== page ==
On this interpretation, Maine’s assault statute likely does not qualify as a “misdemeanor crime of domestic violence” and thus does not trigger the prohibition on possessing firearms, §922(g)(9). The Maine statute appears to lack, as a required element, the “use or attempted use of physical force.” Maine’s statute punishes at least some conduct that does not involve the “use of physical force.” Section 207 criminalizes “recklessly caus[ing] bodily injury or offensive physical contact to another person.” By criminalizing all reckless conduct, the Maine statute captures conduct such as recklessly injuring a passenger by texting while driving resulting in a crash. Petitioners’ charging documents generically recited the statutory language; they did not charge intentional, knowing, and reckless harm as alternative counts. Accordingly, Maine’s statute appears to treat “intentionally, knowingly, or recklessly” causing bodily injury or an offensive touching as a single, indivisible offense that is satisfied by recklessness. See Mathis v. United States, ante, at 14–15. So petitioners’ prior assault convictions do not necessarily have as an element the use of physical force against a family member. These prior convictions, therefore, do not qualify as a misdemeanor crime involving domestic violence under federal law, and petitioners’ convictions accordingly should be reversed. At the very least, to the extent there remains uncertainty over whether Maine’s assault statute is divisible, the Court should vacate and remand for the First Circuit to determine that statutory interpretation question in the first instance.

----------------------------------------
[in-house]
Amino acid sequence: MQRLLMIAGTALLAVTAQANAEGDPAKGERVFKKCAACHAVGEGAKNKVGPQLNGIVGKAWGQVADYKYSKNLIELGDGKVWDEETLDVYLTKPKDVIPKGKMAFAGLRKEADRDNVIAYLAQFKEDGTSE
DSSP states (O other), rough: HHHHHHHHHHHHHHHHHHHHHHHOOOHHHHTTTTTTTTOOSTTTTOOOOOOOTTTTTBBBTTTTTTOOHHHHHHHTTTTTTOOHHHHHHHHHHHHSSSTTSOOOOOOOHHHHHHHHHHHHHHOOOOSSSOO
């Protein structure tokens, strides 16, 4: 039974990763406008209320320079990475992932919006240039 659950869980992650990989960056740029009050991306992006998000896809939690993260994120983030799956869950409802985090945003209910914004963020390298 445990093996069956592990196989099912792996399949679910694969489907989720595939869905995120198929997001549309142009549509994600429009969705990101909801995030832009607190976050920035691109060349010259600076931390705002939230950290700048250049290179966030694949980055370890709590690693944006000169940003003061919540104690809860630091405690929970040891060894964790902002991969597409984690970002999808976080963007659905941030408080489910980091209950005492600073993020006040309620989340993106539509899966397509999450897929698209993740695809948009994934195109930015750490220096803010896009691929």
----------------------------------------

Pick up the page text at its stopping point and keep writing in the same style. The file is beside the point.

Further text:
To illustrate where I part ways with the majority, consider different mental states with which a person could create and apply force.[2] First, a person can create force intentionally or recklessly.[3] For example, a person can intentionally throw a punch or a person can crash his car by driving recklessly. Second, a person can intentionally or recklessly harm a particular person or object as a result of that force. For example, a person could throw a punch at a particular person (thereby intentionally applying force to that person) or a person could swing a baseball bat too close to someone (thereby recklessly applying force to that person).

These different mental states give rise to three relevant categories of conduct. A person might intentionally create force and intentionally apply that force against an object (e.g., punching a punching bag). A person might also intentionally create force but recklessly apply that force against an object (e.g., practicing a kick in the air, but recklessly hitting a piece of furniture). Or a person could recklessly create force that results in damage, such as the car crash example.